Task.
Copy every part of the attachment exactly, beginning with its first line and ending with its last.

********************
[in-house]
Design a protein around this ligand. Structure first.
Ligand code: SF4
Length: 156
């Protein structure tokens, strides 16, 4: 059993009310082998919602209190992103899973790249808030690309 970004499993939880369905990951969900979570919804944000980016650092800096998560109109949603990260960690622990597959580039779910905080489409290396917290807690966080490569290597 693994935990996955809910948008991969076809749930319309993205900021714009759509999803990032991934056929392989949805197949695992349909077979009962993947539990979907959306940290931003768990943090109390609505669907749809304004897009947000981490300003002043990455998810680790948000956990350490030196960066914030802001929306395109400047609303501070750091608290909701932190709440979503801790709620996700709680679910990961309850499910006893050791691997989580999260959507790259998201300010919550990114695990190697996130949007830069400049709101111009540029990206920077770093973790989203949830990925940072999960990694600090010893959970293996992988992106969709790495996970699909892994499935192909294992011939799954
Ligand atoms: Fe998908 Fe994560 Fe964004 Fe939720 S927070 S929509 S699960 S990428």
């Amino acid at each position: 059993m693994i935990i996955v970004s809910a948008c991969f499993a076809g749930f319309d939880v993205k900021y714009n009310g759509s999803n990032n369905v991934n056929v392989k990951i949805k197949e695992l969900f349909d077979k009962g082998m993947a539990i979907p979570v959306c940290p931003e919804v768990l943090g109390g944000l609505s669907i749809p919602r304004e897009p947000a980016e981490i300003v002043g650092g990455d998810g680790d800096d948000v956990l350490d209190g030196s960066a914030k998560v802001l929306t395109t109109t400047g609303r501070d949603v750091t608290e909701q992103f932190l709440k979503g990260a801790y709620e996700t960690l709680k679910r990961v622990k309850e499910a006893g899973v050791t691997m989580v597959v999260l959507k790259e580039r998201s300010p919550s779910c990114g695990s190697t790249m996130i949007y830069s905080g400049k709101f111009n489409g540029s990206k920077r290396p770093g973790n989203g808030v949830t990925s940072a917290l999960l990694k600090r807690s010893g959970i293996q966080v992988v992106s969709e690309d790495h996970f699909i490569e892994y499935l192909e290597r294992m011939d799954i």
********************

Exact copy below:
[in-house]
Design a protein around this ligand. Structure first.
Ligand code: SF4
Length: 156
């Protein structure tokens, strides 16, 4: 059993009310082998919602209190992103899973790249808030690309 970004499993939880369905990951969900979570919804944000980016650092800096998560109109949603990260960690622990597959580039779910905080489409290396917290807690966080490569290597 693994935990996955809910948008991969076809749930319309993205900021714009759509999803990032991934056929392989949805197949695992349909077979009962993947539990979907959306940290931003768990943090109390609505669907749809304004897009947000981490300003002043990455998810680790948000956990350490030196960066914030802001929306395109400047609303501070750091608290909701932190709440979503801790709620996700709680679910990961309850499910006893050791691997989580999260959507790259998201300010919550990114695990190697996130949007830069400049709101111009540029990206920077770093973790989203949830990925940072999960990694600090010893959970293996992988992106969709790495996970699909892994499935192909294992011939799954
Ligand atoms: Fe998908 Fe994560 Fe964004 Fe939720 S927070 S929509 S699960 S990428």
């Amino acid at each position: 059993m693994i935990i996955v970004s809910a948008c991969f499993a076809g749930f319309d939880v993205k900021y714009n009310g759509s999803n990032n369905v991934n056929v392989k990951i949805k197949e695992l969900f349909d077979k009962g082998m993947a539990i979907p979570v959306c940290p931003e919804v768990l943090g109390g944000l609505s669907i749809p919602r304004e897009p947000a980016e981490i300003v002043g650092g990455d998810g680790d800096d948000v956990l350490d209190g030196s960066a914030k998560v802001l929306t395109t109109t400047g609303r501070d949603v750091t608290e909701q992103f932190l709440k979503g990260a801790y709620e996700t960690l709680k679910r990961v622990k309850e499910a006893g899973v050791t691997m989580v597959v999260l959507k790259e580039r998201s300010p919550s779910c990114g695990s190697t790249m996130i949007y830069s905080g400049k709101f111009n489409g540029s990206k920077r290396p770093g973790n989203g808030v949830t990925s940072a917290l999960l990694k600090r807690s010893g959970i293996q966080v992988v992106s969709e690309d790495h996970f699909i490569e892994y499935l192909e290597r294992m011939d799954i």